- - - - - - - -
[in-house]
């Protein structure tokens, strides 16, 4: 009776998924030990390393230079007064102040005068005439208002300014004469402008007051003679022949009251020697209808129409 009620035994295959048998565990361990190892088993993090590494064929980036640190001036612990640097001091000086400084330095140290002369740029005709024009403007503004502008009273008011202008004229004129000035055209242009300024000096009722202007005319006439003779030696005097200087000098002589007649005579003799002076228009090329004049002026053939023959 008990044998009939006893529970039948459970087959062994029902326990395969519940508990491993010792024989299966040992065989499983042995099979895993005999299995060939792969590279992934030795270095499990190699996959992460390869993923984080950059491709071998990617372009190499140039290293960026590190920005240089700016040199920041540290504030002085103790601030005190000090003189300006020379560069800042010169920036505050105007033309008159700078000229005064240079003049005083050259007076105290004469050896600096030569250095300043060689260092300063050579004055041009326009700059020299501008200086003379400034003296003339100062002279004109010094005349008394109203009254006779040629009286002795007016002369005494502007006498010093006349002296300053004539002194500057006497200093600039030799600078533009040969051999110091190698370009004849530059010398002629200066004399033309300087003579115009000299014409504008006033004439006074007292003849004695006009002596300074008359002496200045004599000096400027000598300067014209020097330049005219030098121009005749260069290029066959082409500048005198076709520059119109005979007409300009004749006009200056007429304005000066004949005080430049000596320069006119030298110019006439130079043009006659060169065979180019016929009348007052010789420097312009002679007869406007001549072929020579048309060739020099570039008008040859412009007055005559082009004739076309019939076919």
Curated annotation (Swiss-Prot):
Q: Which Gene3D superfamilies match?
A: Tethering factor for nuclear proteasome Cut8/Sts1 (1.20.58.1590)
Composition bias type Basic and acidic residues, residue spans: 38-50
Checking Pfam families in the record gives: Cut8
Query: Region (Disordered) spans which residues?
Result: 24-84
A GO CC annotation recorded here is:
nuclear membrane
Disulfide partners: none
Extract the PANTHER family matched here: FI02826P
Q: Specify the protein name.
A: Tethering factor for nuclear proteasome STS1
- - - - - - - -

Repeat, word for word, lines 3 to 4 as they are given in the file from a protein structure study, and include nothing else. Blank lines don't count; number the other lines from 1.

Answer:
Curated annotation (Swiss-Prot):
Q: Which Gene3D superfamilies match?